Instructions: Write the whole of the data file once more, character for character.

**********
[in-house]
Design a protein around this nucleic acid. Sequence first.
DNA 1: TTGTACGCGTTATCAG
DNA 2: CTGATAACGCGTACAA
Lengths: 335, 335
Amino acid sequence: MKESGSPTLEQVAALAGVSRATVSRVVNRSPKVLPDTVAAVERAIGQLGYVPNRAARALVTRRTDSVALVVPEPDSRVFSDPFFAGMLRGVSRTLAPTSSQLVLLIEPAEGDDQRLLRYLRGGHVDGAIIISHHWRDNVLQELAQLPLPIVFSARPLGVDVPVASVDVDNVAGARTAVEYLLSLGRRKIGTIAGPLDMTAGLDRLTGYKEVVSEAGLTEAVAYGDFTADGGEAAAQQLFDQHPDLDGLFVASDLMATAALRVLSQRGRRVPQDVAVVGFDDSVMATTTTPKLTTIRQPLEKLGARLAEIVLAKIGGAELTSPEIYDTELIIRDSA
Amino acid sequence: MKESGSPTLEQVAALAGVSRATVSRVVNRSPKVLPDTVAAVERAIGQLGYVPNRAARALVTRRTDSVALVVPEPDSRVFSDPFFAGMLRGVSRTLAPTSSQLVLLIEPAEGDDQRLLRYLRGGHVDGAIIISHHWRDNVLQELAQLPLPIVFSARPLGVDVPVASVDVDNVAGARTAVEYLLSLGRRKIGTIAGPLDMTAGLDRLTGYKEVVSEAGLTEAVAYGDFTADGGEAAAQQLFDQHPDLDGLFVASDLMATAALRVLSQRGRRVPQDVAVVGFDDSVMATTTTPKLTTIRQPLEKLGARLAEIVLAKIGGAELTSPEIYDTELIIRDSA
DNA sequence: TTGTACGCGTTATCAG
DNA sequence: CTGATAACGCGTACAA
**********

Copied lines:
[in-house]
Design a protein around this nucleic acid. Sequence first.
DNA 1: TTGTACGCGTTATCAG
DNA 2: CTGATAACGCGTACAA
Lengths: 335, 335
Amino acid sequence: MKESGSPTLEQVAALAGVSRATVSRVVNRSPKVLPDTVAAVERAIGQLGYVPNRAARALVTRRTDSVALVVPEPDSRVFSDPFFAGMLRGVSRTLAPTSSQLVLLIEPAEGDDQRLLRYLRGGHVDGAIIISHHWRDNVLQELAQLPLPIVFSARPLGVDVPVASVDVDNVAGARTAVEYLLSLGRRKIGTIAGPLDMTAGLDRLTGYKEVVSEAGLTEAVAYGDFTADGGEAAAQQLFDQHPDLDGLFVASDLMATAALRVLSQRGRRVPQDVAVVGFDDSVMATTTTPKLTTIRQPLEKLGARLAEIVLAKIGGAELTSPEIYDTELIIRDSA
Amino acid sequence: MKESGSPTLEQVAALAGVSRATVSRVVNRSPKVLPDTVAAVERAIGQLGYVPNRAARALVTRRTDSVALVVPEPDSRVFSDPFFAGMLRGVSRTLAPTSSQLVLLIEPAEGDDQRLLRYLRGGHVDGAIIISHHWRDNVLQELAQLPLPIVFSARPLGVDVPVASVDVDNVAGARTAVEYLLSLGRRKIGTIAGPLDMTAGLDRLTGYKEVVSEAGLTEAVAYGDFTADGGEAAAQQLFDQHPDLDGLFVASDLMATAALRVLSQRGRRVPQDVAVVGFDDSVMATTTTPKLTTIRQPLEKLGARLAEIVLAKIGGAELTSPEIYDTELIIRDSA
DNA sequence: TTGTACGCGTTATCAG
DNA sequence: CTGATAACGCGTACAA